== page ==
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Among Silent Echoes reviewed by Melissa Paolozza (she/her), teacher, Sechelt

For today’s trauma-informed and social justice educators, BC teacher Phyllis Dyson’s new memoir, Among Silent Echoes, is a powerful read. Dyson bares her soul in this engaging story of mental illness, resilience, and survival. She offers a unique insight into a child’s perspective of living with a parent suffering from a psychotic disorder. The story is both heartbreaking and joyful. Dyson captures her child-voice vividly as she recalls many happy memories, as well as devastating experiences that no child should have to endure. She recounts with distressing clarity her thoughts, fears, struggles and insecurities, while living both with her birth mother and in the BC foster care system. Her memories offer a window into how powerless and alone a child can feel. She captures the fears and challenges that so many of today’s students are currently experiencing.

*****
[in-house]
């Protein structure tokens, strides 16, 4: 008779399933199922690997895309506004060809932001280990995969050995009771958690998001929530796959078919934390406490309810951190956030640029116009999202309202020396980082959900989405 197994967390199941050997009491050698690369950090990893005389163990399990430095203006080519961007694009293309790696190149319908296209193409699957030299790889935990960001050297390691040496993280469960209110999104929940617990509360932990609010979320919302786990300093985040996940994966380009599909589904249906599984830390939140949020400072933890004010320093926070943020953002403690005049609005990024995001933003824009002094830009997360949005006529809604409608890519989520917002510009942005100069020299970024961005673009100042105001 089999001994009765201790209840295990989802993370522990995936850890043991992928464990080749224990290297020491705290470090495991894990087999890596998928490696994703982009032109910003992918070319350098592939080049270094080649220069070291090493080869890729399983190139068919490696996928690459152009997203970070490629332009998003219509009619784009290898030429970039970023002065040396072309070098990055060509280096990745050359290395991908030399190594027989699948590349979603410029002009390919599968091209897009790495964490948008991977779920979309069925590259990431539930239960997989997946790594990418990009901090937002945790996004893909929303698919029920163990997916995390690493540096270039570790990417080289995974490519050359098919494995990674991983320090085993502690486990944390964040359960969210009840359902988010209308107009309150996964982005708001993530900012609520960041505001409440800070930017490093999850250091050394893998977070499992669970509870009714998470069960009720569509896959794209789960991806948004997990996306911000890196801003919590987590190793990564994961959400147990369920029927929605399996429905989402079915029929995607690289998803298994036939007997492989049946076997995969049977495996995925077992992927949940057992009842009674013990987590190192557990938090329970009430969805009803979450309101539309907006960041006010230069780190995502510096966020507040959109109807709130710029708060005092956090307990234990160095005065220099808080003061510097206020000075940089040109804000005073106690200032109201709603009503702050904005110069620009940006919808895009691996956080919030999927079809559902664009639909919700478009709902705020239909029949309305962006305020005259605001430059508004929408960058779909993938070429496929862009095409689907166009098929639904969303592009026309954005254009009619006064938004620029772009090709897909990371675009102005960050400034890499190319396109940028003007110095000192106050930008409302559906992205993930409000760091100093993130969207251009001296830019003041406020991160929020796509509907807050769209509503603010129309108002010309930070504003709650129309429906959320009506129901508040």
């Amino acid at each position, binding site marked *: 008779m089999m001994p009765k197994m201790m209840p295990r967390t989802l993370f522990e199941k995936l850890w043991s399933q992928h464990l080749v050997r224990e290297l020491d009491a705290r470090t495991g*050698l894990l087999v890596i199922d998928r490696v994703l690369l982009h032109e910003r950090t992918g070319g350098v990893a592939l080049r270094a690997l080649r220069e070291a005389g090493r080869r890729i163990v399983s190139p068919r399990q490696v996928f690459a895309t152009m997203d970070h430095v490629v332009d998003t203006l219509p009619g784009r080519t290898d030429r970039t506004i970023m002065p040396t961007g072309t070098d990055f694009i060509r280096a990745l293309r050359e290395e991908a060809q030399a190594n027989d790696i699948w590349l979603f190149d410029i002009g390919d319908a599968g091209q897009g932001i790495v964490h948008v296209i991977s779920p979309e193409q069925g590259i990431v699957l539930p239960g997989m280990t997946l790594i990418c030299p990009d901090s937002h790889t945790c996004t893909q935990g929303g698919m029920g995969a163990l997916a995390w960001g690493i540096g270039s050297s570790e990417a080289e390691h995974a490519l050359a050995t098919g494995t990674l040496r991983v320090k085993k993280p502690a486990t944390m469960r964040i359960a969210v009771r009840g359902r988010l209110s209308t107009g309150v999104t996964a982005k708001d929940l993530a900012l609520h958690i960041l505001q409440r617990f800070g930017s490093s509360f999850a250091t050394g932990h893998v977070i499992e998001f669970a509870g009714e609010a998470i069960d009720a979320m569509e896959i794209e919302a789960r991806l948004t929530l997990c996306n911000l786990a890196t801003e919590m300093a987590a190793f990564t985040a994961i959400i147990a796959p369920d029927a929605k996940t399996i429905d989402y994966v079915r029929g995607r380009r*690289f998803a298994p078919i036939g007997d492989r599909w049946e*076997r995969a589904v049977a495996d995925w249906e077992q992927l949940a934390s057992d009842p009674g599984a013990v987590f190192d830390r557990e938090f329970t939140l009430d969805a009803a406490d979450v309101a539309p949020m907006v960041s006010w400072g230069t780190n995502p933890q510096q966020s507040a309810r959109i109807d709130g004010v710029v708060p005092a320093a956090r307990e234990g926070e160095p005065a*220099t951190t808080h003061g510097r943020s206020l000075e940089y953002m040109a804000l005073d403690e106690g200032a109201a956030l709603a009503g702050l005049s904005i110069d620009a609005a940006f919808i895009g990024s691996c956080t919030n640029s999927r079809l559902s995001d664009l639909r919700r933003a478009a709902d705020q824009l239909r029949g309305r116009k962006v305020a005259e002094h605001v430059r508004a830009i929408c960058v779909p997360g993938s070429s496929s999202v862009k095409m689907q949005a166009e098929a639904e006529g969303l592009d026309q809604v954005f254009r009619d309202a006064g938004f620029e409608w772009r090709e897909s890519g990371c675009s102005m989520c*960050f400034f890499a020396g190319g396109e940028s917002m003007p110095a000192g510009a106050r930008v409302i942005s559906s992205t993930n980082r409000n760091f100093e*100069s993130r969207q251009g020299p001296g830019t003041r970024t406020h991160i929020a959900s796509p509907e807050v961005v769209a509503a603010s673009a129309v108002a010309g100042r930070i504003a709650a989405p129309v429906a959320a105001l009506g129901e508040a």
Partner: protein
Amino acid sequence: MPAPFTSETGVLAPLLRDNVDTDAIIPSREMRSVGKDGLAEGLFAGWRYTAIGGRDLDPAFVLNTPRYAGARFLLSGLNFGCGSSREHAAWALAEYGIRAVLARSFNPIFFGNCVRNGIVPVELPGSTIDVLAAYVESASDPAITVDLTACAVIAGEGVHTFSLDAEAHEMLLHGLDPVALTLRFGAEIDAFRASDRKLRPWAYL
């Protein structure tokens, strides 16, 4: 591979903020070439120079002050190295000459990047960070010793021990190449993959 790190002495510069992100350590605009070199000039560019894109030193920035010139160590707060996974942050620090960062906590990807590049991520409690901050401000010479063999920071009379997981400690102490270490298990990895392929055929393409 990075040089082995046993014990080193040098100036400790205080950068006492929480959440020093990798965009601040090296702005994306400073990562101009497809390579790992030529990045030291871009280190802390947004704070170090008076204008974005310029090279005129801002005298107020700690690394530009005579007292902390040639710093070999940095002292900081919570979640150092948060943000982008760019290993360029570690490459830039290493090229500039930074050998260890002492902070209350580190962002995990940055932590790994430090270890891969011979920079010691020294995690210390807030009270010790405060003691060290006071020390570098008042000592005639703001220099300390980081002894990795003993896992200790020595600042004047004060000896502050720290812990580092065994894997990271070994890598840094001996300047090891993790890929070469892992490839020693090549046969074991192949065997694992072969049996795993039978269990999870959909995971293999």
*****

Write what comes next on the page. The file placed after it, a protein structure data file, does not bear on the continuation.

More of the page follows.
Among Silent Echoes highlights the power of connection that we have as educators. One trusted adult can provide stability and encourage a child’s passions; in Dyson’s case this passion was music. Dyson was fortunate to have friends and community members who provided the connections she needed to not only survive her ordeal, but to carry on and lead a fulfilling life in which she gives back to the community. This inspiring story of resilience emphasizes the importance that educators have in ensuring that all children have a place where they feel safe, valued, and important. It also provides a com-passionate and empathetic view of parents who are struggling with mental illness. These parents need educators’ understanding and support, rather than judgment. 

Dyson’s story is an important read that highlights mental health and family preservation issues that continue to need more attention and compassion in today’s society.

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